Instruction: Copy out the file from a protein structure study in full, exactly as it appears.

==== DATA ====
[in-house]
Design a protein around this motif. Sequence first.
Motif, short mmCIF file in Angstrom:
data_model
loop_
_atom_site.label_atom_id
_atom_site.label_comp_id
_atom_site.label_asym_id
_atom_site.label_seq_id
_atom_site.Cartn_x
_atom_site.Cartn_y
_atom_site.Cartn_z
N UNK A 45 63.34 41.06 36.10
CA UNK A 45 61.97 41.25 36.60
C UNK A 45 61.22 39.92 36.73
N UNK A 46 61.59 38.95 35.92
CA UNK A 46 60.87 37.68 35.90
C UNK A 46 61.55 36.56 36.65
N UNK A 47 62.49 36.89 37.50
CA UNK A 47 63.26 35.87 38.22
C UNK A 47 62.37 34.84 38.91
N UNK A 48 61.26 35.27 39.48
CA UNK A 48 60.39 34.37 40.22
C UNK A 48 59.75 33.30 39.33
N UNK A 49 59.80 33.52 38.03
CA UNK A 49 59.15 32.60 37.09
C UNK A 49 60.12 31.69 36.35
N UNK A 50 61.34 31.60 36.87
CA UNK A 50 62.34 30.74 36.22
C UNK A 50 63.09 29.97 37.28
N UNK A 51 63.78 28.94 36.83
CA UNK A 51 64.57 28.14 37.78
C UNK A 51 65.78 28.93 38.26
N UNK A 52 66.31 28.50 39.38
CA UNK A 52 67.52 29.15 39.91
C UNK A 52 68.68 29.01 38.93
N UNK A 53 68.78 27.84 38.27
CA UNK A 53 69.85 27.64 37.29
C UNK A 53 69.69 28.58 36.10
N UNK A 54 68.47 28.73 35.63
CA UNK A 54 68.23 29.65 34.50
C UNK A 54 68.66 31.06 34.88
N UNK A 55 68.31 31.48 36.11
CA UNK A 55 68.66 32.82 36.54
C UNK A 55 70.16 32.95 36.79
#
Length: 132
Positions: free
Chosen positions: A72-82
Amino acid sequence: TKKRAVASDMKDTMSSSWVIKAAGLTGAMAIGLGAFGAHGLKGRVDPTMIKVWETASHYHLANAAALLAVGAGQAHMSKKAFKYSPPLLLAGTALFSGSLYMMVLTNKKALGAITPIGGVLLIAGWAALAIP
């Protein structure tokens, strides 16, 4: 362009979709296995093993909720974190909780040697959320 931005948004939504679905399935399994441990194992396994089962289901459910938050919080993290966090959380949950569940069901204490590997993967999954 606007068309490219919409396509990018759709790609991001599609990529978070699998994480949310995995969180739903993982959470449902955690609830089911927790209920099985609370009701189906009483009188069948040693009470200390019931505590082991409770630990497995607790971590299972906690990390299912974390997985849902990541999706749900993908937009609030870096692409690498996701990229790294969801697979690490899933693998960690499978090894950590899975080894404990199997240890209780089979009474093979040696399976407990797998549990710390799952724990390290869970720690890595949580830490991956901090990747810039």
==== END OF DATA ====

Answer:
[in-house]
Design a protein around this motif. Sequence first.
Motif, short mmCIF file in Angstrom:
data_model
loop_
_atom_site.label_atom_id
_atom_site.label_comp_id
_atom_site.label_asym_id
_atom_site.label_seq_id
_atom_site.Cartn_x
_atom_site.Cartn_y
_atom_site.Cartn_z
N UNK A 45 63.34 41.06 36.10
CA UNK A 45 61.97 41.25 36.60
C UNK A 45 61.22 39.92 36.73
N UNK A 46 61.59 38.95 35.92
CA UNK A 46 60.87 37.68 35.90
C UNK A 46 61.55 36.56 36.65
N UNK A 47 62.49 36.89 37.50
CA UNK A 47 63.26 35.87 38.22
C UNK A 47 62.37 34.84 38.91
N UNK A 48 61.26 35.27 39.48
CA UNK A 48 60.39 34.37 40.22
C UNK A 48 59.75 33.30 39.33
N UNK A 49 59.80 33.52 38.03
CA UNK A 49 59.15 32.60 37.09
C UNK A 49 60.12 31.69 36.35
N UNK A 50 61.34 31.60 36.87
CA UNK A 50 62.34 30.74 36.22
C UNK A 50 63.09 29.97 37.28
N UNK A 51 63.78 28.94 36.83
CA UNK A 51 64.57 28.14 37.78
C UNK A 51 65.78 28.93 38.26
N UNK A 52 66.31 28.50 39.38
CA UNK A 52 67.52 29.15 39.91
C UNK A 52 68.68 29.01 38.93
N UNK A 53 68.78 27.84 38.27
CA UNK A 53 69.85 27.64 37.29
C UNK A 53 69.69 28.58 36.10
N UNK A 54 68.47 28.73 35.63
CA UNK A 54 68.23 29.65 34.50
C UNK A 54 68.66 31.06 34.88
N UNK A 55 68.31 31.48 36.11
CA UNK A 55 68.66 32.82 36.54
C UNK A 55 70.16 32.95 36.79
#
Length: 132
Positions: free
Chosen positions: A72-82
Amino acid sequence: TKKRAVASDMKDTMSSSWVIKAAGLTGAMAIGLGAFGAHGLKGRVDPTMIKVWETASHYHLANAAALLAVGAGQAHMSKKAFKYSPPLLLAGTALFSGSLYMMVLTNKKALGAITPIGGVLLIAGWAALAIP
């Protein structure tokens, strides 16, 4: 362009979709296995093993909720974190909780040697959320 931005948004939504679905399935399994441990194992396994089962289901459910938050919080993290966090959380949950569940069901204490590997993967999954 606007068309490219919409396509990018759709790609991001599609990529978070699998994480949310995995969180739903993982959470449902955690609830089911927790209920099985609370009701189906009483009188069948040693009470200390019931505590082991409770630990497995607790971590299972906690990390299912974390997985849902990541999706749900993908937009609030870096692409690498996701990229790294969801697979690490899933693998960690499978090894950590899975080894404990199997240890209780089979009474093979040696399976407990797998549990710390799952724990390290869970720690890595949580830490991956901090990747810039």